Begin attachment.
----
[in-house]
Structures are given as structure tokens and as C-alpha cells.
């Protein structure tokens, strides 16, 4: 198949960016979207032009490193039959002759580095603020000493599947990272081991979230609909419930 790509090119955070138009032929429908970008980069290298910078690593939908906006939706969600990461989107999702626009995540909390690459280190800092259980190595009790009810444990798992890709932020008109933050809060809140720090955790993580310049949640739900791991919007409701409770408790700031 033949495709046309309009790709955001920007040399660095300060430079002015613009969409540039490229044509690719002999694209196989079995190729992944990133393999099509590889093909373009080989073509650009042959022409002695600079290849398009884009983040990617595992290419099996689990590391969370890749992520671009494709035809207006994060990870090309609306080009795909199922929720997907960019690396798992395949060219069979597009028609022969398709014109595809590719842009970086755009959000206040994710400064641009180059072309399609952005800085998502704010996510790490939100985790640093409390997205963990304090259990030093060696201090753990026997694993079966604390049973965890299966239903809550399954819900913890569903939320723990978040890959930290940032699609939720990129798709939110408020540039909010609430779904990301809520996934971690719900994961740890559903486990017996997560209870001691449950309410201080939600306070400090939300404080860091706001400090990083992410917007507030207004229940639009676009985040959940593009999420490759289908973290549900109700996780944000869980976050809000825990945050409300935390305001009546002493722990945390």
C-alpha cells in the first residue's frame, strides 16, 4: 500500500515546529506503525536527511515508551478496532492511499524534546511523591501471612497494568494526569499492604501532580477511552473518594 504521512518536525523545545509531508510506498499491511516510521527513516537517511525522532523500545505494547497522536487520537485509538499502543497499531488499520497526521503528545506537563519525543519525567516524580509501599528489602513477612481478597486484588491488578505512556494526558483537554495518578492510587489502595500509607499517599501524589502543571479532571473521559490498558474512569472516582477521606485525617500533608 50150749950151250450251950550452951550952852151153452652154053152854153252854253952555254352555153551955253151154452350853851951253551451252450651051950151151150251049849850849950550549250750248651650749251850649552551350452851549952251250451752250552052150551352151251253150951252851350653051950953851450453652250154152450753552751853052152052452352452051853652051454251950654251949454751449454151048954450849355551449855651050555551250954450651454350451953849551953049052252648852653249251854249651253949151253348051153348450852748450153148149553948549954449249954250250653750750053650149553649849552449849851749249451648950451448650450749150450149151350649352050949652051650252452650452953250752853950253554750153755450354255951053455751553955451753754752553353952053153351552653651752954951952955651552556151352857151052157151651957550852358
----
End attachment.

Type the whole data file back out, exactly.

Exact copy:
[in-house]
Structures are given as structure tokens and as C-alpha cells.
């Protein structure tokens, strides 16, 4: 198949960016979207032009490193039959002759580095603020000493599947990272081991979230609909419930 790509090119955070138009032929429908970008980069290298910078690593939908906006939706969600990461989107999702626009995540909390690459280190800092259980190595009790009810444990798992890709932020008109933050809060809140720090955790993580310049949640739900791991919007409701409770408790700031 033949495709046309309009790709955001920007040399660095300060430079002015613009969409540039490229044509690719002999694209196989079995190729992944990133393999099509590889093909373009080989073509650009042959022409002695600079290849398009884009983040990617595992290419099996689990590391969370890749992520671009494709035809207006994060990870090309609306080009795909199922929720997907960019690396798992395949060219069979597009028609022969398709014109595809590719842009970086755009959000206040994710400064641009180059072309399609952005800085998502704010996510790490939100985790640093409390997205963990304090259990030093060696201090753990026997694993079966604390049973965890299966239903809550399954819900913890569903939320723990978040890959930290940032699609939720990129798709939110408020540039909010609430779904990301809520996934971690719900994961740890559903486990017996997560209870001691449950309410201080939600306070400090939300404080860091706001400090990083992410917007507030207004229940639009676009985040959940593009999420490759289908973290549900109700996780944000869980976050809000825990945050409300935390305001009546002493722990945390």
C-alpha cells in the first residue's frame, strides 16, 4: 500500500515546529506503525536527511515508551478496532492511499524534546511523591501471612497494568494526569499492604501532580477511552473518594 504521512518536525523545545509531508510506498499491511516510521527513516537517511525522532523500545505494547497522536487520537485509538499502543497499531488499520497526521503528545506537563519525543519525567516524580509501599528489602513477612481478597486484588491488578505512556494526558483537554495518578492510587489502595500509607499517599501524589502543571479532571473521559490498558474512569472516582477521606485525617500533608 50150749950151250450251950550452951550952852151153452652154053152854153252854253952555254352555153551955253151154452350853851951253551451252450651051950151151150251049849850849950550549250750248651650749251850649552551350452851549952251250451752250552052150551352151251253150951252851350653051950953851450453652250154152450753552751853052152052452352452051853652051454251950654251949454751449454151048954450849355551449855651050555551250954450651454350451953849551953049052252648852653249251854249651253949151253348051153348450852748450153148149553948549954449249954250250653750750053650149553649849552449849851749249451648950451448650450749150450149151350649352050949652051650252452650452953250752853950253554750153755450354255951053455751553955451753754752553353952053153351552653651752954951952955651552556151352857151052157151651957550852358